October 5, 2010 / 12:26 PM / 9 years ago

UK parents "more relaxed" with kids' drinking

LONDON (Reuters Life!) - British parents are becoming more relaxed in their attitudes to drinking, drugs and sexuality, according to a poll Tuesday.

A man holds a glass of red wine at the Vinitaly wine expo in Verona April 8, 2010. REUTERS/Paolo Bona

Parents said that on average they would be happy for their child to start having the occasional alcoholic drink at home from the age of 13.

One parent in 10 was fine with their children drinking regularly from the age of 16 — two years below the legal age limit for buying alcohol in Britain.

The findings indicate that government health warnings over under-age drinking are falling on deaf ears.

Last year the government recommended that parents should not let their children drink any alcohol at all until they are 15.

Attitudes to illegal drugs were also relaxed, according to the poll, with 32 percent of parents saying they did not mind their child smoking cannabis as a one-off and 8 percent comfortable with them smoking the drug regularly.

A large number of parents were open to the idea that their children taking drugs was inevitable, with 30 percent believing that drug-taking was simply a part of growing up.

“The old fashioned parent is fast becoming a cultural minority as mums and dads do their best to give their kids the freedoms they did not have,” said Frank Furedi, Professor of Sociology at the University of Kent.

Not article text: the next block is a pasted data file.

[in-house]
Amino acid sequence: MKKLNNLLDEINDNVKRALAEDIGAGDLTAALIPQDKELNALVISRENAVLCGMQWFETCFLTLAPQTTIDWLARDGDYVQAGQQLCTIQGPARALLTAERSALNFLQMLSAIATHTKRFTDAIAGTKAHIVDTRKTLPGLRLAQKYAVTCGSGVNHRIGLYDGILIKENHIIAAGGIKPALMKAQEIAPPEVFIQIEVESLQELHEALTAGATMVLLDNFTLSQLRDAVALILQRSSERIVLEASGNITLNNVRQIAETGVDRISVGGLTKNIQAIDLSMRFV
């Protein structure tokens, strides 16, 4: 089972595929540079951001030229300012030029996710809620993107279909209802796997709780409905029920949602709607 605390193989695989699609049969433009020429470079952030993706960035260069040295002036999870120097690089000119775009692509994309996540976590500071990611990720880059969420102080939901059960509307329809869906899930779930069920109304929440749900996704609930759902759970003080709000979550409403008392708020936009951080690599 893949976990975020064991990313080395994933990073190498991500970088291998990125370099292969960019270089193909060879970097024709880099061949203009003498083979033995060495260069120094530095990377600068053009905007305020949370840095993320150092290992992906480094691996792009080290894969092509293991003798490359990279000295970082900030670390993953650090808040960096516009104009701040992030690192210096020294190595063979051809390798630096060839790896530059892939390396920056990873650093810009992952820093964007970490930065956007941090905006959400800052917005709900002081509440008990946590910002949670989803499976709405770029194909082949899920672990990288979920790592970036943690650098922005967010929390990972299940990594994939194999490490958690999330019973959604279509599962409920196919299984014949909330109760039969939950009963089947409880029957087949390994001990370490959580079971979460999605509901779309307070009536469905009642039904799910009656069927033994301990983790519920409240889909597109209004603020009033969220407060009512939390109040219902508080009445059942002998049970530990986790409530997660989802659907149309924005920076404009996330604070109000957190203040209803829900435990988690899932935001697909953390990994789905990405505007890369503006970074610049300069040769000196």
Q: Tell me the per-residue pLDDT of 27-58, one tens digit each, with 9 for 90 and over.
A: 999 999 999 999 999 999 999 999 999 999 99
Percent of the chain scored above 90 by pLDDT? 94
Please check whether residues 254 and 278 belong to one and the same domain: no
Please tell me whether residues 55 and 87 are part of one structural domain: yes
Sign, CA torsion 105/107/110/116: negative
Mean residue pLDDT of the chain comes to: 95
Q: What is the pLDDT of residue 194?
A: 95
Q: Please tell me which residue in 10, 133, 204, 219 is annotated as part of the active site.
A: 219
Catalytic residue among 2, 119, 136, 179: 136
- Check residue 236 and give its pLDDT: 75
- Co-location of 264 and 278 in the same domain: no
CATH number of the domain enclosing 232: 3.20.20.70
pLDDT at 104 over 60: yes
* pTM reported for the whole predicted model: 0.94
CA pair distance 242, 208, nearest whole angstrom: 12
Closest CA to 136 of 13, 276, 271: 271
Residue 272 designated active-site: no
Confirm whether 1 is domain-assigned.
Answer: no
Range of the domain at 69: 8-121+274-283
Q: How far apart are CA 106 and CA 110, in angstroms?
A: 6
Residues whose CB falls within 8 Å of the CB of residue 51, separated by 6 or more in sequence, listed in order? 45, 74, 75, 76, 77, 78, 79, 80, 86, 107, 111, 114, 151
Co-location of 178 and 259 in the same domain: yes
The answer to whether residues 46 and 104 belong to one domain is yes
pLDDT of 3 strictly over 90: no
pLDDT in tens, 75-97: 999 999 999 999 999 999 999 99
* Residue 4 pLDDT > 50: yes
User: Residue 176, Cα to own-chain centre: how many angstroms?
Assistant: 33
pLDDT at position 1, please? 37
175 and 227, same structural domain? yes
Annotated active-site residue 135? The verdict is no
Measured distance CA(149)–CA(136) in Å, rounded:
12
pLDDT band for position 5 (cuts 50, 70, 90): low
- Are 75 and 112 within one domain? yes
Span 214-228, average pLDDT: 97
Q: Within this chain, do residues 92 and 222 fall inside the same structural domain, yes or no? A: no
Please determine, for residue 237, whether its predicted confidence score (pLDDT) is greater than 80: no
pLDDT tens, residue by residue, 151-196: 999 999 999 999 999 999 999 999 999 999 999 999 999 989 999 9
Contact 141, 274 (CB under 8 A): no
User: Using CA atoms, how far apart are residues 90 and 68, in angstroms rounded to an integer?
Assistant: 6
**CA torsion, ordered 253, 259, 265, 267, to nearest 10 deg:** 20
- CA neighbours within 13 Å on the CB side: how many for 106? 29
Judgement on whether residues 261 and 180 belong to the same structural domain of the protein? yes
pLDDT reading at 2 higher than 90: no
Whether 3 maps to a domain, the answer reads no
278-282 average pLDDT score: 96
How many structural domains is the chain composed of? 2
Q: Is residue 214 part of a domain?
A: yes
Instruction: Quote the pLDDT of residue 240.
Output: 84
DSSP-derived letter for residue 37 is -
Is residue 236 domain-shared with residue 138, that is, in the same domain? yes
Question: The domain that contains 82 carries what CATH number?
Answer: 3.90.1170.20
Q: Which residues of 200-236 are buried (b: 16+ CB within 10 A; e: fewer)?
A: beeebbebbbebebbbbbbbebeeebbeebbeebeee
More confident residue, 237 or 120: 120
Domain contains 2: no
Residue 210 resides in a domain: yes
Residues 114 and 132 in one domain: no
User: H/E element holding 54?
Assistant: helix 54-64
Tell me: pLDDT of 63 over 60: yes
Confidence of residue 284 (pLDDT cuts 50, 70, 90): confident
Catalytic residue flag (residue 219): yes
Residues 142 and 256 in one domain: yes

“As far as parents are concerned, sex, alcohol and even drugs are no longer no-go areas for their children. Families have become surprisingly open-minded about allowing their children to experiment and find their own way in life.

“Parents understand that society has changed and that it is not the end of the world if their teen-ager experiments with alcohol or has sex.”

The survey of 3,000 people to coincide with the DVD release by 20th Century Fox of the comedy “Modern Family” also revealed British parents have also become tolerant of their child’s sexuality.

Sixty-six percent of those surveyed said they would have no problem with their child being gay.

Editing by Tim Castle

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